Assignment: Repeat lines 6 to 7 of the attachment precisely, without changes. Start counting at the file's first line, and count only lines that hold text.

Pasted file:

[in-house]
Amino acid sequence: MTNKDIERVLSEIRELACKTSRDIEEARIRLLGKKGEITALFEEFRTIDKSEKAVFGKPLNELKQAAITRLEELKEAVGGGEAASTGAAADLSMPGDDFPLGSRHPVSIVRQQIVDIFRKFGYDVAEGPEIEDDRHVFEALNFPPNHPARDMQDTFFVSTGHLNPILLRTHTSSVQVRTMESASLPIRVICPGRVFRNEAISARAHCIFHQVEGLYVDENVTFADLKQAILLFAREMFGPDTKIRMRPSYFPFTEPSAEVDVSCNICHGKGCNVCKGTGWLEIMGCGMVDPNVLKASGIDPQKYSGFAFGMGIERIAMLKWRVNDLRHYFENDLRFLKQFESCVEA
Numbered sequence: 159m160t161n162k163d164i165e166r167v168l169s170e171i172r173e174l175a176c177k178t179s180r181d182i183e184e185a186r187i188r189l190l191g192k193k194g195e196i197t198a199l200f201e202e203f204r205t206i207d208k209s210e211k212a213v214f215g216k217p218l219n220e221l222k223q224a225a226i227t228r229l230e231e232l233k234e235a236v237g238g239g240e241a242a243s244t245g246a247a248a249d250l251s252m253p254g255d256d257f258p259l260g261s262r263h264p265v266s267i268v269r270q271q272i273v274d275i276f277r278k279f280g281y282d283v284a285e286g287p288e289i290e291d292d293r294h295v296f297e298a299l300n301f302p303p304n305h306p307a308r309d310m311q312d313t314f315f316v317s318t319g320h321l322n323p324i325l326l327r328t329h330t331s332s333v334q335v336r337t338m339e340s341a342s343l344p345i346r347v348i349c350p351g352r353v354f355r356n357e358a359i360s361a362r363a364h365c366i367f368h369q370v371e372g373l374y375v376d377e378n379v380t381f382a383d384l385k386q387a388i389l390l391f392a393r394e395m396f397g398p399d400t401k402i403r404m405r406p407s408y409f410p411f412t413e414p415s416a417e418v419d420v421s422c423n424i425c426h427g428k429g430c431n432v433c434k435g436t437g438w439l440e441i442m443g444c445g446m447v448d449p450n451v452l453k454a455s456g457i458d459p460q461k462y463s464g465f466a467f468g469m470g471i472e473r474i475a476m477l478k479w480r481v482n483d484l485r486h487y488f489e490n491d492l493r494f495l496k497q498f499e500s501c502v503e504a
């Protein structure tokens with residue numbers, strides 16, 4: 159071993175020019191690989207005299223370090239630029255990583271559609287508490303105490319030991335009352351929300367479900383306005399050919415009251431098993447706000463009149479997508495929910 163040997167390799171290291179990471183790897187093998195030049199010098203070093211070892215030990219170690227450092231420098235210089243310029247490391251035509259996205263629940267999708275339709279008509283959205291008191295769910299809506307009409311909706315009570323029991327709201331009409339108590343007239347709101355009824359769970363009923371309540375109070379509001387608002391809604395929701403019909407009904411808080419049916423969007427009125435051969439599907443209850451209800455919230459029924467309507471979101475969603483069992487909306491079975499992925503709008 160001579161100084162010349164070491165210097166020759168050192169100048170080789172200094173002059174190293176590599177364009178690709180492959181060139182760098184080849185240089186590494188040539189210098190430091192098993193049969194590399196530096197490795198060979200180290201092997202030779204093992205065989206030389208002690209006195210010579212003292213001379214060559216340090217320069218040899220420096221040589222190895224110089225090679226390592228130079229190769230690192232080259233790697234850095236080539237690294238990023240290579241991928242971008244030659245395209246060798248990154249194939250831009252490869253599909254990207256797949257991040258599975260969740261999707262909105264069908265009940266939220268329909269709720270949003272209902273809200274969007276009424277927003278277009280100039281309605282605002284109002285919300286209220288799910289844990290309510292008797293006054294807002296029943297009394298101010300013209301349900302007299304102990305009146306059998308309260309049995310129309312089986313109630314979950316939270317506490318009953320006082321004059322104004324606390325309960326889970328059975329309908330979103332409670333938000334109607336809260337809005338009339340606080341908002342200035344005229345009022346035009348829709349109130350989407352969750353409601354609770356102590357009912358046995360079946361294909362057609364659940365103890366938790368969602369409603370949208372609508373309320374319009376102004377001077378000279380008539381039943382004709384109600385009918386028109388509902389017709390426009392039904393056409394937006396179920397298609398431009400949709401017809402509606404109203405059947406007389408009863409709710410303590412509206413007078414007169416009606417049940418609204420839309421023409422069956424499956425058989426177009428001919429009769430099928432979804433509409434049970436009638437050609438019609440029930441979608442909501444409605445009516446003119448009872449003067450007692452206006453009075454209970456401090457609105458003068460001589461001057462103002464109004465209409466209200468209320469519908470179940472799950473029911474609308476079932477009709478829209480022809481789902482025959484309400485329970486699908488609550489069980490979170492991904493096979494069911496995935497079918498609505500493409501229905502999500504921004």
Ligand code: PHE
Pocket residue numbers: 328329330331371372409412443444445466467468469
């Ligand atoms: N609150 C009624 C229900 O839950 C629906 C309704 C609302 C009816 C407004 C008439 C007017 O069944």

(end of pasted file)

Pocket residue numbers: 328329330331371372409412443444445466467468469
């Ligand atoms: N609150 C009624 C229900 O839950 C629906 C309704 C609302 C009816 C407004 C008439 C007017 O069944």